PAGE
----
Development of a Financial Framework for the National Plan for Regional Development: The Evidence from Serbia
The aim of this paper is to examine the development of a financial framework for assessing the effectiveness of interventions. The research is based on the evidence from Serbia. In terms of methods applied, we used econometric and scenario analysis. We presented - as individual separate items - the issues such as "who" - Government budget (Ministry, specific program, loan, donor, etc.), "how much" - the amount spent, "where" (NUTS 2 region), and on "what" (type of initiative). In our model, each of the interventions applied to one of the regional development priorities is linked and evaluated by its effectiveness observing the performance of the group of indicators associated with each of the priorities. All data obtained from 8 sectors were categorized under 4 priorities, i.e. "People, Place, Productive Capacity, and Institutional Capacity". Accordingly, we evaluate the effectiveness by observing the performance of a group of indicators related to each of the priorities. Our recommendations for optimizing the distribution structure of regional policies and regions are determined by the analysis of the performance of the group of indicators and their relative rankings per NUTS 2 region. The results are significant for further theoretical and applied research, as well as decision- making in the field of government financial policy. Our results confirmed that calculations of funds for regional development in strategic areas appear to be slightly problematic because, in the past, there was no strategic distribution based on established facts, which could be measured in terms of performance.
The object of study of this paper is a regional economic system which is complex, dynamic and developable by nature. The reproduction of material wealth necessary for the region is provided in the process of functioning of the above system through the interaction between the combinations of subjective (personal) and objective (material) elements, thereby meeting regional environmental and economic needs.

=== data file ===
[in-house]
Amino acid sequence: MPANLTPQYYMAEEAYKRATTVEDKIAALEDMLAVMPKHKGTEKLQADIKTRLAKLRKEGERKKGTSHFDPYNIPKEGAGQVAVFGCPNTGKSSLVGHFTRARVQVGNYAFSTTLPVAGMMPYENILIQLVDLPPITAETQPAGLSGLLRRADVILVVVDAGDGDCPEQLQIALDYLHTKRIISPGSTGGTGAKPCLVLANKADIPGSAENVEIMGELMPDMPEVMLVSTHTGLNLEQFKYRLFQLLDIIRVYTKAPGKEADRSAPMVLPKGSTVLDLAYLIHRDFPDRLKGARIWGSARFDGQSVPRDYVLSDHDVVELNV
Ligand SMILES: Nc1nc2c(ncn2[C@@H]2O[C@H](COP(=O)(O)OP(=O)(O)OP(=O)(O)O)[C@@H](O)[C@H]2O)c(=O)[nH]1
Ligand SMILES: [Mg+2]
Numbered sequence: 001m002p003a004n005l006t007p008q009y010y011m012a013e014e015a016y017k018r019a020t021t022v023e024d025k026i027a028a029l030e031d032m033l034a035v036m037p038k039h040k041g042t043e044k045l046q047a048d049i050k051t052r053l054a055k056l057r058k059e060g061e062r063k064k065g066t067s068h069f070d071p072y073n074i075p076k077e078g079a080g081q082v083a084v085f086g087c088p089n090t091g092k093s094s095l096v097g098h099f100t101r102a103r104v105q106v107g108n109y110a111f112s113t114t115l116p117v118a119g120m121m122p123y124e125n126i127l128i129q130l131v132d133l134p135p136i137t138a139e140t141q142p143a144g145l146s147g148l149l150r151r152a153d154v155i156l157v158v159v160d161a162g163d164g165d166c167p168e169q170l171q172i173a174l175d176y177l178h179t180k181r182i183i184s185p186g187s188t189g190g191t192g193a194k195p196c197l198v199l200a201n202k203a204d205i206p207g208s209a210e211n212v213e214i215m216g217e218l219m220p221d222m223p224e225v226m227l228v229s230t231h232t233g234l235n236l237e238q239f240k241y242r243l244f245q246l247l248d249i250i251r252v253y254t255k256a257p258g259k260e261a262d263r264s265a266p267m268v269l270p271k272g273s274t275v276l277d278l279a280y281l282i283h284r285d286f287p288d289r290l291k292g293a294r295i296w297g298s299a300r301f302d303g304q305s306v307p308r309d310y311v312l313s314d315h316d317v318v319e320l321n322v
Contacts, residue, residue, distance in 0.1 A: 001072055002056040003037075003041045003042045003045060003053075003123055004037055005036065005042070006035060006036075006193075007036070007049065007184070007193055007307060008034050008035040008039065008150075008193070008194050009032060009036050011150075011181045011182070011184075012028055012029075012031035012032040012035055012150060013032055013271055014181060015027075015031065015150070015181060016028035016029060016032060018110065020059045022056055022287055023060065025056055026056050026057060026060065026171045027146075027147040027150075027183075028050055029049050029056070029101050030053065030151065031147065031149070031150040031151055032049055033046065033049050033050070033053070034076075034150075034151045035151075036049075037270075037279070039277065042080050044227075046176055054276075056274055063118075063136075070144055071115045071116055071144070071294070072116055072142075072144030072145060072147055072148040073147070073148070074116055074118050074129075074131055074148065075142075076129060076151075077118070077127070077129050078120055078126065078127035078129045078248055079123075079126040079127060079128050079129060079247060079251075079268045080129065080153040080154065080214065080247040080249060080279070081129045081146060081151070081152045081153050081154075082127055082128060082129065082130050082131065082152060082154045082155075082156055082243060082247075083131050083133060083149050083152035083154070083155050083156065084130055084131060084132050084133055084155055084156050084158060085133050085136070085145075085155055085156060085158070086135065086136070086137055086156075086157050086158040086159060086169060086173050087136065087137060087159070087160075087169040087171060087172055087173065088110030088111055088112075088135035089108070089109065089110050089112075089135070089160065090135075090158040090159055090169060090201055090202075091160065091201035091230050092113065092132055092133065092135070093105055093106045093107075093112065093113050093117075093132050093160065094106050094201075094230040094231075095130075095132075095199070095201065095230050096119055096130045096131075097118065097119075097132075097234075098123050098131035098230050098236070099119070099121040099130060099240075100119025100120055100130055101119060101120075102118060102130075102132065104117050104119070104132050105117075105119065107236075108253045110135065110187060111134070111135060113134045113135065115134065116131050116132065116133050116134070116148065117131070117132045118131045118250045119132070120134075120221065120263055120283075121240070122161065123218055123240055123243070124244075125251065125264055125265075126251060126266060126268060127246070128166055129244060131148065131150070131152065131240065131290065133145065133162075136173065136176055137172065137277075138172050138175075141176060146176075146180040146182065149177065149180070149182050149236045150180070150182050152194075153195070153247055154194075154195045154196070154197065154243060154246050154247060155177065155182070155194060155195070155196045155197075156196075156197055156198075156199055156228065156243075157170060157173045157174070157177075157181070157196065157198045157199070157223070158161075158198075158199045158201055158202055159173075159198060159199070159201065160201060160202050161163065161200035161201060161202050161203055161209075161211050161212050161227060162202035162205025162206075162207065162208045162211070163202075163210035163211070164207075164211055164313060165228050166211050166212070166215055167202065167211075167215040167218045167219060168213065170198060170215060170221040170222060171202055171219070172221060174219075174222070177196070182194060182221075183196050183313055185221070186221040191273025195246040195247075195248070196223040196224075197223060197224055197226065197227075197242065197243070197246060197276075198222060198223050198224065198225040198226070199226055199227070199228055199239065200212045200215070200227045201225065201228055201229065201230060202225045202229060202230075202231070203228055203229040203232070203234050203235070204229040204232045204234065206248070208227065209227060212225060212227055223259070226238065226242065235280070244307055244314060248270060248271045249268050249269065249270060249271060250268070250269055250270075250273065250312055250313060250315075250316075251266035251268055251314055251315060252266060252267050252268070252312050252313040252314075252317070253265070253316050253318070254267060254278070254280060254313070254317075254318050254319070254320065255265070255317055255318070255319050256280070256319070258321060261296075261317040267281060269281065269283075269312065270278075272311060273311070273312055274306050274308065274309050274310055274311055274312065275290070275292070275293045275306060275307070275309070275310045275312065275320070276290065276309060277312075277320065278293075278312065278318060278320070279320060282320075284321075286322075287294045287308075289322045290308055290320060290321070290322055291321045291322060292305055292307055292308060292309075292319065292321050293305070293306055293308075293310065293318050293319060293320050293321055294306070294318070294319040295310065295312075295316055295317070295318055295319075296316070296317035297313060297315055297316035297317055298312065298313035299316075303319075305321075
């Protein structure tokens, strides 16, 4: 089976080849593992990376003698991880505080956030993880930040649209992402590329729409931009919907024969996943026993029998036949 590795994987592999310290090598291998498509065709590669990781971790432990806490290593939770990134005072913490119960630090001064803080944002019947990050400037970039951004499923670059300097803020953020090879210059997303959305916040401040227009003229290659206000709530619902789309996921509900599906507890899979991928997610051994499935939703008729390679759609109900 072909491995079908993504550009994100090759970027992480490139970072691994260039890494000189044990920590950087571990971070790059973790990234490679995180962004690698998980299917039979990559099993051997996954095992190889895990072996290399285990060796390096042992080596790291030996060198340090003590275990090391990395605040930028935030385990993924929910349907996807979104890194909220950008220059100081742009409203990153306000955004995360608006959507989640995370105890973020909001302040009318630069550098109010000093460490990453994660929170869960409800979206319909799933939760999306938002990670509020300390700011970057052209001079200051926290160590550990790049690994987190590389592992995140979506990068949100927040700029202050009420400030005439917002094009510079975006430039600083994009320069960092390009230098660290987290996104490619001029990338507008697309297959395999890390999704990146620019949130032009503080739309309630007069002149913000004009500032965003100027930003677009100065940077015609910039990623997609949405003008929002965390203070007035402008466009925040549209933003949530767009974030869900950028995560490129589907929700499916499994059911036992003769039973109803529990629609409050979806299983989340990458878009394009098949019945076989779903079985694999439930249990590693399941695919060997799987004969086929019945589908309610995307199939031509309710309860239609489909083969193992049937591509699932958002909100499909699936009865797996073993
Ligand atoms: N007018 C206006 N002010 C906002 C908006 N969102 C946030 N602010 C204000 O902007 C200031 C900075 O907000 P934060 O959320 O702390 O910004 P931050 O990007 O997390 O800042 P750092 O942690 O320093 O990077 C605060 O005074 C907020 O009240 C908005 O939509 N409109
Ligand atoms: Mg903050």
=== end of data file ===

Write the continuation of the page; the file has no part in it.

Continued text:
The paper examines the structure, governance, and balance sheets of state-controlled banks in Russia, which accounted for over 55 percent of the total assets in the country's banking system in early 2012. The author offers a credible estimate of the size of the country's state banking sector by including banks that are indirectly owned by public organizations. Contrary to some predictions based on the theoretical literature on economic transition, he explains the relatively high profitability and efficiency of Russian state-controlled banks by pointing to their competitive position in such functions as acquisition and disposal of assets on behalf of the government. Also suggested in the paper is a different way of looking at market concentration in Russia (by consolidating the market shares of core state-controlled banks), which produces a picture of a more concentrated market than officially reported. Lastly, one of the author's interesting conclusions is that China provides a better benchmark than the formerly centrally planned economies of Central and Eastern Europe by which to assess the viability of state ownership of banks in Russia and to evaluate the country's banking sector.
The paper examines the principles for the supervision of financial conglomerates proposed by BCBS in the consultative document published in December 2011. Moreover, the article proposes a number of suggestions worked out by the authors within the HSE research team.